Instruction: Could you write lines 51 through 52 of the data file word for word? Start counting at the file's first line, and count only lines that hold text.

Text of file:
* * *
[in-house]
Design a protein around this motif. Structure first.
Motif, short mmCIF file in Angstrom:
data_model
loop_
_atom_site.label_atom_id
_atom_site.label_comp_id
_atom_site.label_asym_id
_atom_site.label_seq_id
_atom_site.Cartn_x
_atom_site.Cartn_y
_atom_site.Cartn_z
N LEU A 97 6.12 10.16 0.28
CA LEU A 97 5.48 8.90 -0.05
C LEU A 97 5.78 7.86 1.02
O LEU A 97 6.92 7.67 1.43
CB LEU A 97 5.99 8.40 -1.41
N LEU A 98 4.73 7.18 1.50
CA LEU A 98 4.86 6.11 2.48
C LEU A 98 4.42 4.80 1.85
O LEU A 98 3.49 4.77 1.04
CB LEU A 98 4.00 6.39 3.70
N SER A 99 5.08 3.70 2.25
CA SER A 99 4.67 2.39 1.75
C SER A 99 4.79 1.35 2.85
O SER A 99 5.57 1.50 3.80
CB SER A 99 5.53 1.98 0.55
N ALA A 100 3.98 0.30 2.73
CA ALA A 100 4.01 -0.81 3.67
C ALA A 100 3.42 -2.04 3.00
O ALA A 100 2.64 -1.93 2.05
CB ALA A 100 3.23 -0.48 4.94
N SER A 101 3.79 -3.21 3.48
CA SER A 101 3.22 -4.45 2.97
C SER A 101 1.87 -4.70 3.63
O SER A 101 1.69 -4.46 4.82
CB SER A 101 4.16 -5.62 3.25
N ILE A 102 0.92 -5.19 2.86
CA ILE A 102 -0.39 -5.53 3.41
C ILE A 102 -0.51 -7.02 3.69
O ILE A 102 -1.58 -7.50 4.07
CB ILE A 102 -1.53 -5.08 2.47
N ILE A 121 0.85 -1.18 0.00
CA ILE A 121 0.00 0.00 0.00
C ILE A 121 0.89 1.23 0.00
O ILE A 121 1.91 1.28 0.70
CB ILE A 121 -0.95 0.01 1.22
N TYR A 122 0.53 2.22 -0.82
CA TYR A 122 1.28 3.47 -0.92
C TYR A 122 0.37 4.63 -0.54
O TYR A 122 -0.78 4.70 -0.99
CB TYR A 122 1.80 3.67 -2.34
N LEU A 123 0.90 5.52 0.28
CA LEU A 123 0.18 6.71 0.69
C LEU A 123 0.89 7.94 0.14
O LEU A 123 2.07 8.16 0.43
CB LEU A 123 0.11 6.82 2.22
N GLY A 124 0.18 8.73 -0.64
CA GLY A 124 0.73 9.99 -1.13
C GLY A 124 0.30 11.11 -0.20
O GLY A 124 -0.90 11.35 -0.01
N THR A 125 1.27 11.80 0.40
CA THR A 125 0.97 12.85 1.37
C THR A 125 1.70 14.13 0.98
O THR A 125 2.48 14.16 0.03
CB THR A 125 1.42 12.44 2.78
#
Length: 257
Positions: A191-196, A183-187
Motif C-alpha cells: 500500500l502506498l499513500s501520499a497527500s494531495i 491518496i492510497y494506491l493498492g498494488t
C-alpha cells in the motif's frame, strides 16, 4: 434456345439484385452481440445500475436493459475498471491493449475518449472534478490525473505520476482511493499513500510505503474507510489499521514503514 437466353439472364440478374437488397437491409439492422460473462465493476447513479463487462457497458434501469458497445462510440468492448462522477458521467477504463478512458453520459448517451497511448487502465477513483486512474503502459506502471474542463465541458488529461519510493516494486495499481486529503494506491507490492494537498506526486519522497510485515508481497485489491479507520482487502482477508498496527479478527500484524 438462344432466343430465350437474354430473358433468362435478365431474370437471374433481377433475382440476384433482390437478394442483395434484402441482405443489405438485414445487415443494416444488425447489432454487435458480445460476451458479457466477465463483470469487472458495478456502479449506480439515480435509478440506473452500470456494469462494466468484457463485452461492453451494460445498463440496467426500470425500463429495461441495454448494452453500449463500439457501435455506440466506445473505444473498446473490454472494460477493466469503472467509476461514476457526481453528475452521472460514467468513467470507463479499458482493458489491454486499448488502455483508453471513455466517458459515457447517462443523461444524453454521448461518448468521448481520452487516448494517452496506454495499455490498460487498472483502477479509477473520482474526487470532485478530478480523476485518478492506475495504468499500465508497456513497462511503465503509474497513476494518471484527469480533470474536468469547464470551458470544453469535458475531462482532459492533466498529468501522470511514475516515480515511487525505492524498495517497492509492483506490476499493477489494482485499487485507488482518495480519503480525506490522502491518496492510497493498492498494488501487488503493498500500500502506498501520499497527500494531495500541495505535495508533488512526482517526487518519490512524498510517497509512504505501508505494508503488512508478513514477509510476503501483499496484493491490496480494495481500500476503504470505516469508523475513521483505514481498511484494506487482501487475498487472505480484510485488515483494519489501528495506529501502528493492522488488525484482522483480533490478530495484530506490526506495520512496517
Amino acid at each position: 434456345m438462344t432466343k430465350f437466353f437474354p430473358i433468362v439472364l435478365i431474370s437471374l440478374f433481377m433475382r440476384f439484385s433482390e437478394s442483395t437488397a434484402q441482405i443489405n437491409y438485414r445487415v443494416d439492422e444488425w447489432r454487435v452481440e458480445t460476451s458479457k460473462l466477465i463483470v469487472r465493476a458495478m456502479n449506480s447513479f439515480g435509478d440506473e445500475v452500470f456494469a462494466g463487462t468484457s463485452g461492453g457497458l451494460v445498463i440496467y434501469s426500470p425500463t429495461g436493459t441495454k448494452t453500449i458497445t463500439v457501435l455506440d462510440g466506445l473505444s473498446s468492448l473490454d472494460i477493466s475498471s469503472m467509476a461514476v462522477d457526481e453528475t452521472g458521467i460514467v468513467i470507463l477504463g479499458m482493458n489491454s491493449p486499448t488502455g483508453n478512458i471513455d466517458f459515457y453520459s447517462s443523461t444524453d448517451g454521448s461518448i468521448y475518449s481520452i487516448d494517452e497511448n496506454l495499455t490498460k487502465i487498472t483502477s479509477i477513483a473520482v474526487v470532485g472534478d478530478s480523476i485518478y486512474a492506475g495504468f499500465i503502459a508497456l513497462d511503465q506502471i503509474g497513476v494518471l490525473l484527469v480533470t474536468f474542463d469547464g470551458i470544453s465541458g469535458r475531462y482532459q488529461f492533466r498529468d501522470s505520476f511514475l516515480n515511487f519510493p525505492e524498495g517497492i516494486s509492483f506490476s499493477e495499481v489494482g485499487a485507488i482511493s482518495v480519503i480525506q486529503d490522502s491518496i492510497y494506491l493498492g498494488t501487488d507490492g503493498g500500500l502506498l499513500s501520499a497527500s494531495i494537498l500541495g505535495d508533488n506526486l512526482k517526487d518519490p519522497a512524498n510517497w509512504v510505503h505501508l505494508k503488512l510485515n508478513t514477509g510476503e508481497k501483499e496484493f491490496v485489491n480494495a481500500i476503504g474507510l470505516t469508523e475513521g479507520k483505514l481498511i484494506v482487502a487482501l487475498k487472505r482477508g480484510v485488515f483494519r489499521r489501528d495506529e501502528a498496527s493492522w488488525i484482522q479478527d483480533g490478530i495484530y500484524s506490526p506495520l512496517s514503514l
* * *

O TYR A 122 -0.78 4.70 -0.99
CB TYR A 122 1.80 3.67 -2.34